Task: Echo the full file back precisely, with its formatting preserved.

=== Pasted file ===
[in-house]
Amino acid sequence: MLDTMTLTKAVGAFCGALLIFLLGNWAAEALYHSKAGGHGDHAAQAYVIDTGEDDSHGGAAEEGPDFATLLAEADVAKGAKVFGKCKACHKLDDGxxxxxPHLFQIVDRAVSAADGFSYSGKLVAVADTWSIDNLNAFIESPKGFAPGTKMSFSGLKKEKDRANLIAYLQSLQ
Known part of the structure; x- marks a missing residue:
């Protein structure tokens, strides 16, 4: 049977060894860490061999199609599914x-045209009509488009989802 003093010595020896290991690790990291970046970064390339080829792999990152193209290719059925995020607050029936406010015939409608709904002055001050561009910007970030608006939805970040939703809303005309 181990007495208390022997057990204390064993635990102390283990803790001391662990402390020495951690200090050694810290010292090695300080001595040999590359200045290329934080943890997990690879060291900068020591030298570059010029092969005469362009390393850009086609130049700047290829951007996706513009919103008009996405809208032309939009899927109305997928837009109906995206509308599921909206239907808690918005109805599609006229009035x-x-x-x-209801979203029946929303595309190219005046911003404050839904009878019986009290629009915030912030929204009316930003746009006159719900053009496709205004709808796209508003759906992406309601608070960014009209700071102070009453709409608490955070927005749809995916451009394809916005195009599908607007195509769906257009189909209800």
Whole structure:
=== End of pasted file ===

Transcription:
[in-house]
Amino acid sequence: MLDTMTLTKAVGAFCGALLIFLLGNWAAEALYHSKAGGHGDHAAQAYVIDTGEDDSHGGAAEEGPDFATLLAEADVAKGAKVFGKCKACHKLDDGxxxxxPHLFQIVDRAVSAADGFSYSGKLVAVADTWSIDNLNAFIESPKGFAPGTKMSFSGLKKEKDRANLIAYLQSLQ
Known part of the structure; x- marks a missing residue:
């Protein structure tokens, strides 16, 4: 049977060894860490061999199609599914x-045209009509488009989802 003093010595020896290991690790990291970046970064390339080829792999990152193209290719059925995020607050029936406010015939409608709904002055001050561009910007970030608006939805970040939703809303005309 181990007495208390022997057990204390064993635990102390283990803790001391662990402390020495951690200090050694810290010292090695300080001595040999590359200045290329934080943890997990690879060291900068020591030298570059010029092969005469362009390393850009086609130049700047290829951007996706513009919103008009996405809208032309939009899927109305997928837009109906995206509308599921909206239907808690918005109805599609006229009035x-x-x-x-209801979203029946929303595309190219005046911003404050839904009878019986009290629009915030912030929204009316930003746009006159719900053009496709205004709808796209508003759906992406309601608070960014009209700071102070009453709409608490955070927005749809995916451009394809916005195009599908607007195509769906257009189909209800």
Whole structure: